Monday, July 27, 2015

The PCSK9 enzyme, LDL cholesterol, and cardiovascular diseases

Cardiovascular diseases are currently the leading cause of death in most developed countries. They are particularly common among seniors; i.e., those aged 65 and older. Part of the reason for this is that infectious diseases do not kill as many people as they used to.

Given the trend toward population aging, with seniors making up an increasingly larger percentage of the population, the market for drugs against cardiovascular diseases is growing. A new class of such drugs is making the news lately; they target the PCSK9 enzyme ().

Enzymes are (usually) proteins that speed up chemical reactions, and are needed in virtually all metabolic processes that occur in cells. Proprotein convertase subtilisin/kexin type 9 (PCSK9) is an enzyme that degrades LDL cholesterol receptors on the surface of liver cells. Fewer LDL cholesterol receptors mean reduced uptake of the particles that carry LDL cholesterol, and thus more LDL particles in circulation. This may be problematic if these are small-dense LDL particles ().

Small-dense LDL particles include particles that are significantly smaller than the gaps in the endothelium (). The endothelium is a thin layer of cells that line the interior of arteries. Those gaps are about 25-26 nanometers (nm) in diameter. Small-dense LDL particles can contribute a lot more to the formation of atheromas (atherosclerotic plaques) in predisposed individuals than large-buoyant LDL particles.

There is evidence of the natural occurrence of low LDL cholesterol in individuals of African descent due to genetic mutations influencing PCSK9 levels (). This leads us to a very important question. By reducing PCSK9 in circulation, can we also reduce the incidence of cardiovascular disease?

The answer to this question depends on whether LDL cholesterol is a causative factor in cardiovascular disease. If it is, then reducing PCSK9 in circulation can indeed reduce the incidence of cardiovascular disease. The problem is that, most of the evidence so far suggests that LDL cholesterol is NOT a causative factor in cardiovascular disease.

Yes, there are studies that show that LDL cholesterol is correlated with cardiovascular disease, but the problem is that LDL cholesterol is a marker of other factors that are better candidates for causes of cardiovascular disease – hence the correlation. For example, LDL cholesterol goes up with mental stress (), and chronic mental stress seems to be a good candidate for a cause of cardiovascular disease.

LDL cholesterol is also a marker of a diet with more saturated fat in it (). In many contexts, a diet with more saturated fat in it is a more nutritious diet, which leads to a negative association between LDL cholesterol and mortality.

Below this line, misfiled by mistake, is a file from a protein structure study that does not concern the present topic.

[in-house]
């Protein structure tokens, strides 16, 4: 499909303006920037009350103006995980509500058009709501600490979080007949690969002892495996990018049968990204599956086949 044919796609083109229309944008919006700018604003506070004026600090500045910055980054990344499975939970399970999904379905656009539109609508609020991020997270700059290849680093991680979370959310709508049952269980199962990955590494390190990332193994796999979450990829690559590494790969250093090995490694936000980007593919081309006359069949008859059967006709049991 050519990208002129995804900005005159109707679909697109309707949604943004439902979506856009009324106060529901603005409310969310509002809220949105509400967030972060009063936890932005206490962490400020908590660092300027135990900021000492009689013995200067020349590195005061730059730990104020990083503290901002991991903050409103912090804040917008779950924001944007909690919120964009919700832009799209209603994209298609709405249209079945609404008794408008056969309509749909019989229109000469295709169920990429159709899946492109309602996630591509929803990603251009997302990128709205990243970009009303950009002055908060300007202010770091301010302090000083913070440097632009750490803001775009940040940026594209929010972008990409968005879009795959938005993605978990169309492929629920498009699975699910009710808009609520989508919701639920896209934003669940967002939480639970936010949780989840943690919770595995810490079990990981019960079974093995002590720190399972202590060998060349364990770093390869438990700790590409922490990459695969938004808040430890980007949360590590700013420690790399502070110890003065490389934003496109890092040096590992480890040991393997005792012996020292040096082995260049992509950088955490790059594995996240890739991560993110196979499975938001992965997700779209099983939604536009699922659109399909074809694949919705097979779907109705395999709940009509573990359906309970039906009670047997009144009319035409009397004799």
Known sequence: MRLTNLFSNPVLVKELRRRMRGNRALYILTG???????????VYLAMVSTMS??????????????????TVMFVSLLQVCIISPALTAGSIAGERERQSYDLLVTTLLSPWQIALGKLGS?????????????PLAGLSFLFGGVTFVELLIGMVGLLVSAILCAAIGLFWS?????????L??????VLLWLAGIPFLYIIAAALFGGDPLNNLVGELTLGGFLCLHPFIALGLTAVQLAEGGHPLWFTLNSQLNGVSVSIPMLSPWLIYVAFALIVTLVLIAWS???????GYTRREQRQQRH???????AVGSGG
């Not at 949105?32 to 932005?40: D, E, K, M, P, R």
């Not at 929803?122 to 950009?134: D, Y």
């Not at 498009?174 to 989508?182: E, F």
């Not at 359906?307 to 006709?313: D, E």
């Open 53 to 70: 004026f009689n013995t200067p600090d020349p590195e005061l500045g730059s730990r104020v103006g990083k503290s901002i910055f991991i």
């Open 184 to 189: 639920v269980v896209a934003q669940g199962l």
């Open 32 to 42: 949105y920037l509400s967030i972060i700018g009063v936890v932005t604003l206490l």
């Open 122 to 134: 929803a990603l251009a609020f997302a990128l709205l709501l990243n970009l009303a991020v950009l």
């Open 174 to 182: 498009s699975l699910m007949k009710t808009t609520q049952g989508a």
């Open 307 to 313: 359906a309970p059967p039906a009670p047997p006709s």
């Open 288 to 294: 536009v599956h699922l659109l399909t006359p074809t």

The graph below shows the shape of the association between total cholesterol (TOTCHOL) and mortality from all cardiovascular diseases (MVASC), based on an analysis of the China Study II dataset (). LDL cholesterol is the main component of total cholesterol in most people. The values are provided in standardized format; e.g., 0 is the average, 1 is one standard deviation above the mean, and so on. The best-fitting curve was obtained with the software WarpPLS ().

In fact, when we combine the totality of the evidence linking LDL cholesterol and cardiovascular diseases, LDL cholesterol seems to come out as a marker of protective factors. A reflection of this is a widely cited study by Weverling-Rijnsburger and colleagues, of LDL and HDL cholesterol as factors in cardiovascular diseases among people aged 85 and older (). The conclusions of the study were that:

- There was no association between LDL cholesterol level and risk of fatal cardiovascular disease.

- A low HDL cholesterol level was associated with a two-fold higher risk of fatal cardiovascular disease.

- Both low LDL cholesterol and low HDL cholesterol levels were associated with an increased mortality risk from infections.

The results above are particularly interesting because the study participants, given their ages, were at a high risk of mortality from cardiovascular diseases. It seems that the best scenario for these folks would have been a concomitant increase in both LDL and HDL cholesterol levels, which seems to be exactly what happens when one increases his or her intake of foods rich in saturated fat and dietary cholesterol ()!

Should you take a drug that targets the PCSK9 enzyme, to reduce your LDL cholesterol? Maybe you should ask Peter ().